UN agency fears 'escalation in clashes' after Trump plan
Palestinians are in a "state of shock" over a US Middle East peace plan, the head of the UN's agency for Palestinian refugees said Friday, voicing fears of a surge in violence.
"We certainly have serious concerns that it will result in an escalation in clashes and in violence," said Christian Saunders, acting head of the United Nations Relief and Works Agency for Palestine Refugees in the Near East (UNRWA).
His comments came after US President Donald Trump on Tuesday released the plan, which was seen as heavily biased towards Israel and angrily rejected by Palestinians.
It recognises Israeli sovereignty over most of its West Bank settlements and the Jordan Valley, as well as an undivided Jerusalem.
The plan also backs a Palestinian state with a capital on the outskirts of Jerusalem but says the Palestinian leadership must recognise Israel as a Jewish homeland and agree to a demilitarised state.
Trump presented the long-awaited proposals alongside close ally Israeli Prime Minister Benjamin Netanyahu, who soon signalled he would seek to annex a large part of the West Bank.
- 'Extremely unsettling' -
"The plan that was released this week was extremely unsettling for the Palestine refugees living under occupation, under blockade and under conflict after conflict and crisis after crisis," Saunders told reporters in Geneva.
"I think a lot of people, a lot of Palestinians, are in a state of shock... in a state of disbelief," he said.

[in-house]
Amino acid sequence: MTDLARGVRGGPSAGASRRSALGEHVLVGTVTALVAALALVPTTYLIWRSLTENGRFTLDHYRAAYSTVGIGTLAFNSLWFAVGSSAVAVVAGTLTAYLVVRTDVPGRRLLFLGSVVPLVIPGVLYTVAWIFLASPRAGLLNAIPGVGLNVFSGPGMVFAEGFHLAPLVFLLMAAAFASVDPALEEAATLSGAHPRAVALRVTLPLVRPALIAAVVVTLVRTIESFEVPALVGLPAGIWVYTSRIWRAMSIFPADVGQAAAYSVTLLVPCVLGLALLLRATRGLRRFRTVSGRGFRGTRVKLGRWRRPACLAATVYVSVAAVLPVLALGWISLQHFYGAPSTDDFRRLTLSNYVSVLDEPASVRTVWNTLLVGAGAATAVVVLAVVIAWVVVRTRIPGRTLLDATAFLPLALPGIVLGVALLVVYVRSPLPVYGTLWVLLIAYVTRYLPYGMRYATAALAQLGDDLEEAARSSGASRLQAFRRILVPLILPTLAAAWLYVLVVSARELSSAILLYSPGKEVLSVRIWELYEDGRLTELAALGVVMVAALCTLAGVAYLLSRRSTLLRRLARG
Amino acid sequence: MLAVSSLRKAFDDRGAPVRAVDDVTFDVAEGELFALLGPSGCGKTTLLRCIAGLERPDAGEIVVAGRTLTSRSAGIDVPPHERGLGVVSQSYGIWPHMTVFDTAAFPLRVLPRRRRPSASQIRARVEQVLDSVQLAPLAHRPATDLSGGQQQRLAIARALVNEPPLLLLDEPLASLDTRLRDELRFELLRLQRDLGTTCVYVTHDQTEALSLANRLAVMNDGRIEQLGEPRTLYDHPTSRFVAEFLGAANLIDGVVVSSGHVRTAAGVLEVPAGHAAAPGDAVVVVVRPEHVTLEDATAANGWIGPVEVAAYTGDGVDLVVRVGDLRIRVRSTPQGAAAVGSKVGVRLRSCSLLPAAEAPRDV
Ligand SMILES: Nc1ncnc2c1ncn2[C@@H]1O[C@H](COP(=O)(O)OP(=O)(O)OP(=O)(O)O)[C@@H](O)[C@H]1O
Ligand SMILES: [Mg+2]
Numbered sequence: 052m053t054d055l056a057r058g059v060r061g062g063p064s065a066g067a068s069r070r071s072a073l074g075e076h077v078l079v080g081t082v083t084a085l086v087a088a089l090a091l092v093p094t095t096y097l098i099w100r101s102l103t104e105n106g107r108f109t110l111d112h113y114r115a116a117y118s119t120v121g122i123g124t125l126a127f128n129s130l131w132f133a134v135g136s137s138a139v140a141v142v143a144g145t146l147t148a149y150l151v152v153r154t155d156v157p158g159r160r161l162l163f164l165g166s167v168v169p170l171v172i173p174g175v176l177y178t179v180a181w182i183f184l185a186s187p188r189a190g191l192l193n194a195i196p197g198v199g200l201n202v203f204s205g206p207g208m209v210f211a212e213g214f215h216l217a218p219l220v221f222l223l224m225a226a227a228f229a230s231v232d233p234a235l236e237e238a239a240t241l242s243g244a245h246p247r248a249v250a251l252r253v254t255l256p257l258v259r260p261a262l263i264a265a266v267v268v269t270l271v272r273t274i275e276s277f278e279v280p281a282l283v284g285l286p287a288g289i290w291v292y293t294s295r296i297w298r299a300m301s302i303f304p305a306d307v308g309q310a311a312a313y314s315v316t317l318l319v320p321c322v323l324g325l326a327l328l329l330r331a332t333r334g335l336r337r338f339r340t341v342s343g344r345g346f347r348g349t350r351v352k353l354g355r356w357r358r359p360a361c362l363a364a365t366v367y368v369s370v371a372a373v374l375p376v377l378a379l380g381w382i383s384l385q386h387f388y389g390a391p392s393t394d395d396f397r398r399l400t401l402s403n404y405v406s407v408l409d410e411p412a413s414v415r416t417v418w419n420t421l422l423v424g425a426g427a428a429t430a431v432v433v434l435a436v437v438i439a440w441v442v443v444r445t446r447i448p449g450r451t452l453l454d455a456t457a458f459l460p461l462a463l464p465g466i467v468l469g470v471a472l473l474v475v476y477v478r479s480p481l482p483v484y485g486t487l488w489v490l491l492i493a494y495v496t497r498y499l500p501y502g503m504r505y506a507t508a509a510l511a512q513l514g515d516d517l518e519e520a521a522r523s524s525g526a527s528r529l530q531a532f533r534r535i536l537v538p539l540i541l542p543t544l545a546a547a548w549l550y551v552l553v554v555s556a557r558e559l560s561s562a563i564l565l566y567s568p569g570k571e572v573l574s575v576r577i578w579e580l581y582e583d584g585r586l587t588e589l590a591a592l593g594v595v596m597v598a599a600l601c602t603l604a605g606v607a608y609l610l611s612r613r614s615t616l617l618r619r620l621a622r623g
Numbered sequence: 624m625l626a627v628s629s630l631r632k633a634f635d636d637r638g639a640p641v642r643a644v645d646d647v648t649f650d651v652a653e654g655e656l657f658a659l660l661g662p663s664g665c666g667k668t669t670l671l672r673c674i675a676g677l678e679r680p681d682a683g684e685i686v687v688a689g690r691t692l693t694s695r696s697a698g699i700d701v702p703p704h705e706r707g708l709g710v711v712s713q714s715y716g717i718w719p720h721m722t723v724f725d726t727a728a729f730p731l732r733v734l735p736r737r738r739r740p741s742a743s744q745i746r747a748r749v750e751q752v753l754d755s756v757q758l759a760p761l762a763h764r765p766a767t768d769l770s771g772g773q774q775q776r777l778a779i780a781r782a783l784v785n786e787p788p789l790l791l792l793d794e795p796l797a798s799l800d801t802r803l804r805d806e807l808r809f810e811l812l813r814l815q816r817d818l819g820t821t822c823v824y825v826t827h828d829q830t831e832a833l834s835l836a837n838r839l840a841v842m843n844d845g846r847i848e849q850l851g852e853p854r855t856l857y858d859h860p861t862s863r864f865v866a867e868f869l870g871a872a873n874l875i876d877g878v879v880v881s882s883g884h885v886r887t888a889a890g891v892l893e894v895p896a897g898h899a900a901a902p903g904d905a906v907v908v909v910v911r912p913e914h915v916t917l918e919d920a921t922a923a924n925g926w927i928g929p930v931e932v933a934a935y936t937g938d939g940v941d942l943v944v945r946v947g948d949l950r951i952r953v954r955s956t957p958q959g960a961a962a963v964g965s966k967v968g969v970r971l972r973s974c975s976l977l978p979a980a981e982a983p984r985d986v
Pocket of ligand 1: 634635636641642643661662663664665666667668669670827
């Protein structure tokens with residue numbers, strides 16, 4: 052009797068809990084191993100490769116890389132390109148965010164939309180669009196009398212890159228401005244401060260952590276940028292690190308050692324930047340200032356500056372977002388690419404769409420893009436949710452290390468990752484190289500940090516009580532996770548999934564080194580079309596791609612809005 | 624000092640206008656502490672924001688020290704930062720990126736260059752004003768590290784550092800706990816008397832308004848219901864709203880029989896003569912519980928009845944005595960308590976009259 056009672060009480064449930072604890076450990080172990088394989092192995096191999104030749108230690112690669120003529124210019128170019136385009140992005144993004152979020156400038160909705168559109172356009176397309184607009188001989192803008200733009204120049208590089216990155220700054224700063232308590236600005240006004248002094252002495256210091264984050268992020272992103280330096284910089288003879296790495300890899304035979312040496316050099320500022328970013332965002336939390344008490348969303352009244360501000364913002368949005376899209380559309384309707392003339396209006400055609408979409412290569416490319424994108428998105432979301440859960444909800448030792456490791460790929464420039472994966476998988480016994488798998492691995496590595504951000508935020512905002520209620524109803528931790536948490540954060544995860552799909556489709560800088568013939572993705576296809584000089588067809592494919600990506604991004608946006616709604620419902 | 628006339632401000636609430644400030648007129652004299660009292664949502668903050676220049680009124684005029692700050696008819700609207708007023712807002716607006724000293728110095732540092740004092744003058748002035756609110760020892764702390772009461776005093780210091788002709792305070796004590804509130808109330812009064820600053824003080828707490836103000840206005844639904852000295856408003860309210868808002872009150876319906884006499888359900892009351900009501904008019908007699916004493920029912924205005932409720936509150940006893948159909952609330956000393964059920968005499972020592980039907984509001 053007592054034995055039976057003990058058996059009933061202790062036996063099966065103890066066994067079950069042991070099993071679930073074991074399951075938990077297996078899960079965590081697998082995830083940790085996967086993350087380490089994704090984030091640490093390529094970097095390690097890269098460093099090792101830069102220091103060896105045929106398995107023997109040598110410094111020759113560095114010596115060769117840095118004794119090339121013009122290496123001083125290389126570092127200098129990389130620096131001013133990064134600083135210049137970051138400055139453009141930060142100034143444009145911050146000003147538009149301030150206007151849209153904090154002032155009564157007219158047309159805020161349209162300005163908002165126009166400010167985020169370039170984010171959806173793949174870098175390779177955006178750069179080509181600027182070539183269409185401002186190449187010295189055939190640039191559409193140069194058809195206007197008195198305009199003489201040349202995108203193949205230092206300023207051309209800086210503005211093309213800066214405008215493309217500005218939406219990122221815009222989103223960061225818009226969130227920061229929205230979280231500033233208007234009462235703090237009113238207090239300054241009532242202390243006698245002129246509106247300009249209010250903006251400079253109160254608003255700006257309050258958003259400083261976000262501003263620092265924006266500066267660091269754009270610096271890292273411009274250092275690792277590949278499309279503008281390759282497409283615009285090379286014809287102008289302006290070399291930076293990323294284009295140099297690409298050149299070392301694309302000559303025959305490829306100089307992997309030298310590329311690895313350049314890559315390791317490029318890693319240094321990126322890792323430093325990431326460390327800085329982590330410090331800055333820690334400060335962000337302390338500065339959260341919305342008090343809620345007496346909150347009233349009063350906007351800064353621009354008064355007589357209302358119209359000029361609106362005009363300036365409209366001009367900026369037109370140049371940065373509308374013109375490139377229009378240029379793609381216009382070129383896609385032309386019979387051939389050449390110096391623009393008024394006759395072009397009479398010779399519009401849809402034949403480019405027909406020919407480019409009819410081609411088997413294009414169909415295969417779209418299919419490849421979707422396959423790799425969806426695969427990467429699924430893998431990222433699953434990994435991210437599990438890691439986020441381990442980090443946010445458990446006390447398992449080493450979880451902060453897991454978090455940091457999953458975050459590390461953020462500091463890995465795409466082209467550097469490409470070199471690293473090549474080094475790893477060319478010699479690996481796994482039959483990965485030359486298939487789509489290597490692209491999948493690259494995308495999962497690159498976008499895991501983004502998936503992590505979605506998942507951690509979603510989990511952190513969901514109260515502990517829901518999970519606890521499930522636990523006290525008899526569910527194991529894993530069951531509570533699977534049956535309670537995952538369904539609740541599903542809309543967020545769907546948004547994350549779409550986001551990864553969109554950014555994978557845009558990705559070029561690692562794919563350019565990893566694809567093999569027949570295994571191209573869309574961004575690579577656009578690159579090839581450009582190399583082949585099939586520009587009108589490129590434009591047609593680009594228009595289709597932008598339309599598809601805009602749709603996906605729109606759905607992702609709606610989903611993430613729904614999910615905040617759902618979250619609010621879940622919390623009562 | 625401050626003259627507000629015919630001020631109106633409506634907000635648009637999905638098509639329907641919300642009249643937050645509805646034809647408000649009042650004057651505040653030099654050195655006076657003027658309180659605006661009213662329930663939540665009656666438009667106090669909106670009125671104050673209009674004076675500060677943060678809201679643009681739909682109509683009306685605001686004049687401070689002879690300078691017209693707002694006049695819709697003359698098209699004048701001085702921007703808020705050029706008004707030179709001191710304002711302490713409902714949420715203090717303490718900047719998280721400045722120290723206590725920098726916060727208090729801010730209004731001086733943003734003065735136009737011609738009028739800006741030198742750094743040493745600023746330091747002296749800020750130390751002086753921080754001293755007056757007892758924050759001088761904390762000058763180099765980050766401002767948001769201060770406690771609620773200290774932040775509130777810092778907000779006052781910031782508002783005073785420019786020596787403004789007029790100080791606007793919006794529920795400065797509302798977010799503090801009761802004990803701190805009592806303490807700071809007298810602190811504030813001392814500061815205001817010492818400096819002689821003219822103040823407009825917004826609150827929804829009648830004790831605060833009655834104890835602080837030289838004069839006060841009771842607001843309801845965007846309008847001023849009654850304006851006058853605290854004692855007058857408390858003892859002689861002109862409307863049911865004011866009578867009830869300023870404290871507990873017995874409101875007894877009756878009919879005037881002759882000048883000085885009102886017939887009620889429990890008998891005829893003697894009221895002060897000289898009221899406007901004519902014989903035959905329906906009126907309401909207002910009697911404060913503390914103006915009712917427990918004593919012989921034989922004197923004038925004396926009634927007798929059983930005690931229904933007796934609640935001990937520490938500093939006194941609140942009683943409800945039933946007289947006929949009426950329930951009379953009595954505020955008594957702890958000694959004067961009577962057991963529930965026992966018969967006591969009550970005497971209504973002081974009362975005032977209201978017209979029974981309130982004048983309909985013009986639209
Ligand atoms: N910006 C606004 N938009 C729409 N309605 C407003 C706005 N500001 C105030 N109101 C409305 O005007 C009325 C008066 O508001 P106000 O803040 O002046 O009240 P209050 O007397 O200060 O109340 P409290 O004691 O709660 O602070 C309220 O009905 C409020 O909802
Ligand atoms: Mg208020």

Saunders was in Geneva to launch an appeal to donors to fund UNRWA's 2020 budget to the tune of $1.4 billion towards essential services and assistance for 5.6 million Palestinian refugees across the Middle East.
UNRWA has faced a severe funding crunch ever since Trump in 2018 decided to suspend, then yank entirely the US contribution to the agency's budget, robbing it of its top donor.
Trump's administration, along with Israel, accuses UNRWA of perpetuating the Israeli-Palestinian conflict.
The agency disputes that and says the services it provides would otherwise not be available to Palestinians.
After the US withdrew funding, a range of other countries stepped up support and UNRWA actually entered 2019 with a surplus of about $60 million, Saunders said.
"Unfortunately ... this initial support started to wane, and as a result we have been forced to carry over considerable liabilities into 2020," he said.
"We are stretched to our limits."
Saunders has temporarily taken the helm of UNRWA after Swiss national Pierre Krahenbuhl was ousted last year amid allegations of "serious ethical abuses" by the management.
An internal UN probe found no "fraud or misappropriation of operational funds" by Krahenbuhl, but Saunders said the agency had taken criticism of mismanagement seriously.
"Since then we have put the place in order," he said.
At the same time, he lamented that UNRWA was facing a concerted campaign of misinformation by critics trying to convince parliamentarians in Europe especially not to fund the agency.
The agency was set up in the years after more than 700,000 Palestinians were expelled or fled their lands during the 1948 war surrounding the creation of Israel.
It provides schooling and medical services to refugees in Jordan, Lebanon and Syria as well as the Palestinian territories, and employs around 30,000 people, mostly Palestinians.
© 2020 AFP